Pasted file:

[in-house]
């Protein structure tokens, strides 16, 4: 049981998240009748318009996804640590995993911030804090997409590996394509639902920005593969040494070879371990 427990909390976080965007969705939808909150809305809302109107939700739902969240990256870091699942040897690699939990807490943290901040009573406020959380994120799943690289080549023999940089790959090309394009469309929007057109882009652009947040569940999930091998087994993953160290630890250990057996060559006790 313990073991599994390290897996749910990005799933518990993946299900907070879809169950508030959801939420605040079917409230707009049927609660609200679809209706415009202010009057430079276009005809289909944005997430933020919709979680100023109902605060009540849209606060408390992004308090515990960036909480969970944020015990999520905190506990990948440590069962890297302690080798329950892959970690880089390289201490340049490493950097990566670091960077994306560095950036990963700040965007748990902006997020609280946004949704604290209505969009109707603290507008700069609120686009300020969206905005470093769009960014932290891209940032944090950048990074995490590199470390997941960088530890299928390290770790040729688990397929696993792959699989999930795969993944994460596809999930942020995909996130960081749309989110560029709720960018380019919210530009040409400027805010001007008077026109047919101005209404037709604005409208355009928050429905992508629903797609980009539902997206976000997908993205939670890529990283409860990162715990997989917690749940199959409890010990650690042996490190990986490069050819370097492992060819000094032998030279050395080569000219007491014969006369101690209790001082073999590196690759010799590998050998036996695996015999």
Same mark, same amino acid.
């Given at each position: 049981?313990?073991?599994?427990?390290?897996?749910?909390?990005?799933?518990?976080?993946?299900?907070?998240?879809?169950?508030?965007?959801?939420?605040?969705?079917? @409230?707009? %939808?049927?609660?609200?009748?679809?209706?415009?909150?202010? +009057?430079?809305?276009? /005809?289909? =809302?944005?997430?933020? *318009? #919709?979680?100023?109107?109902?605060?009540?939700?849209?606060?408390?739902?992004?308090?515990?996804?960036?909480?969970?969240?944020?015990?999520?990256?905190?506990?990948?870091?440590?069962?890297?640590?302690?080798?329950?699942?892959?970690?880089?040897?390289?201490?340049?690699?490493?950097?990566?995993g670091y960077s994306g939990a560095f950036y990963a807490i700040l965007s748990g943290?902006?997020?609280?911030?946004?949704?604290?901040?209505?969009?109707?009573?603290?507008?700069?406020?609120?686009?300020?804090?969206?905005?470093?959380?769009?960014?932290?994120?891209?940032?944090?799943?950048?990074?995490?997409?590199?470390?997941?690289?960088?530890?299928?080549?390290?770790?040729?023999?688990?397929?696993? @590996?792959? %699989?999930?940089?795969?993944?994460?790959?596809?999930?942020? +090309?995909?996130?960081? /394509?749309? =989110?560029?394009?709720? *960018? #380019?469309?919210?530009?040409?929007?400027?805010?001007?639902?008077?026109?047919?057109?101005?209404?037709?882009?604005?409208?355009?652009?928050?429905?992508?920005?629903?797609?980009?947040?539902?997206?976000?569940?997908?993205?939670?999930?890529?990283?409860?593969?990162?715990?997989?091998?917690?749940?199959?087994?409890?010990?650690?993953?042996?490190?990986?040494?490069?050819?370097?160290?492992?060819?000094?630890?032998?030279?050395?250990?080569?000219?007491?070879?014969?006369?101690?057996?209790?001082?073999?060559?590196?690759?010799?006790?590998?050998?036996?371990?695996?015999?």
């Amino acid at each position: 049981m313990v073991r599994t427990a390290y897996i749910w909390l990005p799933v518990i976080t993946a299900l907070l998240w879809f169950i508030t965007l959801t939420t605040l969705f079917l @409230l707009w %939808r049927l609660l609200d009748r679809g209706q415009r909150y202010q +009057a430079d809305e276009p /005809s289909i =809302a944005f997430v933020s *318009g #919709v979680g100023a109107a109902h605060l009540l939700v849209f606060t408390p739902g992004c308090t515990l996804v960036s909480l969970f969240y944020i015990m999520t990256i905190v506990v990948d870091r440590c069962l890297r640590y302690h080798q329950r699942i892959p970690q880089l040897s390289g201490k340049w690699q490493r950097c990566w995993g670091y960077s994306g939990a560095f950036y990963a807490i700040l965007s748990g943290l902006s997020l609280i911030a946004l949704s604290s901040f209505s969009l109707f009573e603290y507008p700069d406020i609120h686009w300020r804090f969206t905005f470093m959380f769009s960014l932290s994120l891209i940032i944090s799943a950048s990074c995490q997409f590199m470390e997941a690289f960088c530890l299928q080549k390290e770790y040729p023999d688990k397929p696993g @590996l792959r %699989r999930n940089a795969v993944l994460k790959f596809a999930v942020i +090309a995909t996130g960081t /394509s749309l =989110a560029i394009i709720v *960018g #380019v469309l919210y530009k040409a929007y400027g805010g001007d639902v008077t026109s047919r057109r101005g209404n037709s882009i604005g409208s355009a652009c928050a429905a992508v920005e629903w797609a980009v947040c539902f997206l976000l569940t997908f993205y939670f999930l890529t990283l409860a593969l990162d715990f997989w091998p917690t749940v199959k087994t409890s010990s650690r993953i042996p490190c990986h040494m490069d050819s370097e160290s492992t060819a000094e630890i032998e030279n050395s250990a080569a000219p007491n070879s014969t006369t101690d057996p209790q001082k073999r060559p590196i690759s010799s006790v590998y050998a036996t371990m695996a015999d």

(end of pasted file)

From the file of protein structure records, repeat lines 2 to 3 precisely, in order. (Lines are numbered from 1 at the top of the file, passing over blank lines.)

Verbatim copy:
């Protein structure tokens, strides 16, 4: 049981998240009748318009996804640590995993911030804090997409590996394509639902920005593969040494070879371990 427990909390976080965007969705939808909150809305809302109107939700739902969240990256870091699942040897690699939990807490943290901040009573406020959380994120799943690289080549023999940089790959090309394009469309929007057109882009652009947040569940999930091998087994993953160290630890250990057996060559006790 313990073991599994390290897996749910990005799933518990993946299900907070879809169950508030959801939420605040079917409230707009049927609660609200679809209706415009202010009057430079276009005809289909944005997430933020919709979680100023109902605060009540849209606060408390992004308090515990960036909480969970944020015990999520905190506990990948440590069962890297302690080798329950892959970690880089390289201490340049490493950097990566670091960077994306560095950036990963700040965007748990902006997020609280946004949704604290209505969009109707603290507008700069609120686009300020969206905005470093769009960014932290891209940032944090950048990074995490590199470390997941960088530890299928390290770790040729688990397929696993792959699989999930795969993944994460596809999930942020995909996130960081749309989110560029709720960018380019919210530009040409400027805010001007008077026109047919101005209404037709604005409208355009928050429905992508629903797609980009539902997206976000997908993205939670890529990283409860990162715990997989917690749940199959409890010990650690042996490190990986490069050819370097492992060819000094032998030279050395080569000219007491014969006369101690209790001082073999590196690759010799590998050998036996695996015999």
Same mark, same amino acid.